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Dear Liz: My fiance and I are trying to secure financing for our first home, but his credit scores are just below the mark. I was thinking of adding his name to my credit card account so that my available credit line shows up on his report. Would this boost his scores at all? Is there any danger of it lowering his scores?

Answer: If you have a good history with this account — you always pay on time and you’re not carrying a large balance — adding him as an authorized user may help his scores.

The key is whether the credit card issuer will “export” this data from your credit file to his. Some issuers automatically do this export for any authorized user; others do so only for spouses. The only way to know for sure is to ask your credit card company.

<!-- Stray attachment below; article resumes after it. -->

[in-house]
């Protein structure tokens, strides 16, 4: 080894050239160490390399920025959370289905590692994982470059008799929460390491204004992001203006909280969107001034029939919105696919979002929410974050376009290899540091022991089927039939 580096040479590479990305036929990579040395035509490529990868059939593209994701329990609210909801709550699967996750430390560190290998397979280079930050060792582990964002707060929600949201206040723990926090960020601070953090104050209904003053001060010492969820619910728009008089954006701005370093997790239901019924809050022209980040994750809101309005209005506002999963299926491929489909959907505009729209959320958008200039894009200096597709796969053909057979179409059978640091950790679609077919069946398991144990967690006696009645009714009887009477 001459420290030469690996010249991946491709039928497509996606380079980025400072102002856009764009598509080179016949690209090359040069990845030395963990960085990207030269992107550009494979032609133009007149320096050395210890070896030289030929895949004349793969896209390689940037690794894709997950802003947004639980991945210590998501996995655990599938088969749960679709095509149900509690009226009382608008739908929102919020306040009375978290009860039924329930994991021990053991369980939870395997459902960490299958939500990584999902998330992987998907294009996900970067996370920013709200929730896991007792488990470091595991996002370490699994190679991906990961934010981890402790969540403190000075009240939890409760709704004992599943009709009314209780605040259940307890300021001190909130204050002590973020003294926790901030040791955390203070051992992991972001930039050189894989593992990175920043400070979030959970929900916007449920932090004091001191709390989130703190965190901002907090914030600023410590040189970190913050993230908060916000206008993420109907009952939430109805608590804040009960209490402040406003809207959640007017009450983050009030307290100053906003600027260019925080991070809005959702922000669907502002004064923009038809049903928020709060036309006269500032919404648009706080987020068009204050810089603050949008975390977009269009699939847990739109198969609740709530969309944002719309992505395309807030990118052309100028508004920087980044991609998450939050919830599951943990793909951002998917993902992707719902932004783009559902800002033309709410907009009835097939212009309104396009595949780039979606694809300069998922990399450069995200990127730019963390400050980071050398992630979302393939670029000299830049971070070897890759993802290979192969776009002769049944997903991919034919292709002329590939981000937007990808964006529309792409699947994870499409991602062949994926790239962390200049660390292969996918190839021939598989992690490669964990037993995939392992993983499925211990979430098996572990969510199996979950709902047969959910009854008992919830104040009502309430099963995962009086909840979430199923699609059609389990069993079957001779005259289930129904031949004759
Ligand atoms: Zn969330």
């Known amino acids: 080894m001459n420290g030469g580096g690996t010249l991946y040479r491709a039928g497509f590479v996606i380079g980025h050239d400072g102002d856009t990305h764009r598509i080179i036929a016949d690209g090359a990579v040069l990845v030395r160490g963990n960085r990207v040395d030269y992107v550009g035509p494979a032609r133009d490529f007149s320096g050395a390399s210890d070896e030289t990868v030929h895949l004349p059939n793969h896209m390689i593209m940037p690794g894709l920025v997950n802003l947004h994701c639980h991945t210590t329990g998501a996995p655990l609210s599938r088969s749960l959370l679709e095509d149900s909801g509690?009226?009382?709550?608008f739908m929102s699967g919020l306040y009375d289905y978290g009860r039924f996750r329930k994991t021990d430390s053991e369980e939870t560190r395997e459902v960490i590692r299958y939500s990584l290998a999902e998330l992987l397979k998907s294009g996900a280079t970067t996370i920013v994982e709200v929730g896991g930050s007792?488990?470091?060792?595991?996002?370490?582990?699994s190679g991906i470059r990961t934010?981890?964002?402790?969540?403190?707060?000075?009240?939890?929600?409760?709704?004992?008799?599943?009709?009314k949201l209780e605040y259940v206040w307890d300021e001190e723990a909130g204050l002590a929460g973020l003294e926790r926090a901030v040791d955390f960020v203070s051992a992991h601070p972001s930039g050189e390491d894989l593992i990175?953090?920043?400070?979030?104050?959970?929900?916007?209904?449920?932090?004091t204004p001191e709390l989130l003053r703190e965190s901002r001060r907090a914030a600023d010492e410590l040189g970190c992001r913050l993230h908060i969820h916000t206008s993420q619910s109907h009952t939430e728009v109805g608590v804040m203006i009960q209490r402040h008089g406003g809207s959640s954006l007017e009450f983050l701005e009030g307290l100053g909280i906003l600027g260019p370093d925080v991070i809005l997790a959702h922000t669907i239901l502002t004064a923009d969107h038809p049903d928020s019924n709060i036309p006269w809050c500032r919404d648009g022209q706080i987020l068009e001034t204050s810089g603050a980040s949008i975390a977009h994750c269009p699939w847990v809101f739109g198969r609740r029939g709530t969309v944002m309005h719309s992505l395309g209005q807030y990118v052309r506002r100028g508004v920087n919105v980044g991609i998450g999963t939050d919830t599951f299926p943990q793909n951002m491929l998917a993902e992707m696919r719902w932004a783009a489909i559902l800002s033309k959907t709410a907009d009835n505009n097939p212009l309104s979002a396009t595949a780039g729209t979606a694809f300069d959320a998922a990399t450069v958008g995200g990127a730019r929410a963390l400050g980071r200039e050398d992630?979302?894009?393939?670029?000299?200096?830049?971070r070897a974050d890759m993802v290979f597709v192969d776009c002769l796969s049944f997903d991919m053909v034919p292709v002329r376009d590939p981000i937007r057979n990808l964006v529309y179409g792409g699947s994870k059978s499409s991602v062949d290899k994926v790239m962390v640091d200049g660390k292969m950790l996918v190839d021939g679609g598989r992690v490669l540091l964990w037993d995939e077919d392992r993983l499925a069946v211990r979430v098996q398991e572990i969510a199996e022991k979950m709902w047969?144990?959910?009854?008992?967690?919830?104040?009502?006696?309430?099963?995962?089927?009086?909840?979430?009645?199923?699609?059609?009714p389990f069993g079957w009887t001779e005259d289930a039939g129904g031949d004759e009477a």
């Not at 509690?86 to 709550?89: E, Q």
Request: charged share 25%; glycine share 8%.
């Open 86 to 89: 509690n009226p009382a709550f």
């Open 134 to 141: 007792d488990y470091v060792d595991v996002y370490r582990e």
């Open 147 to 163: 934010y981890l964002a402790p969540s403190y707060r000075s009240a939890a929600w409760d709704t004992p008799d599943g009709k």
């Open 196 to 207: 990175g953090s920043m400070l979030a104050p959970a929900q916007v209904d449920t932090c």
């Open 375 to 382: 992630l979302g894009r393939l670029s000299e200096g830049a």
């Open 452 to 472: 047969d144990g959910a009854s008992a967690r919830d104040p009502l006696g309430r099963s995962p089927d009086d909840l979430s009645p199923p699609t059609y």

If the data is exported to his file, it will be used to calculate his FICO scores, which are the scores most lenders use. The company that creates the FICO briefly toyed with the idea of excluding authorized user data in its latest formula, FICO 08, but ultimately decided to continue using it.

If you add him as an authorized user, you don’t need to give him a card or access to your account. What you should do, however, is take some time to go over his credit reports and discuss what steps he’s taking on his own to clean up his financial act.

A temporary boost in his scores might land you a mortgage, but you could wind up much worse off financially if he continues to mishandle his credit.

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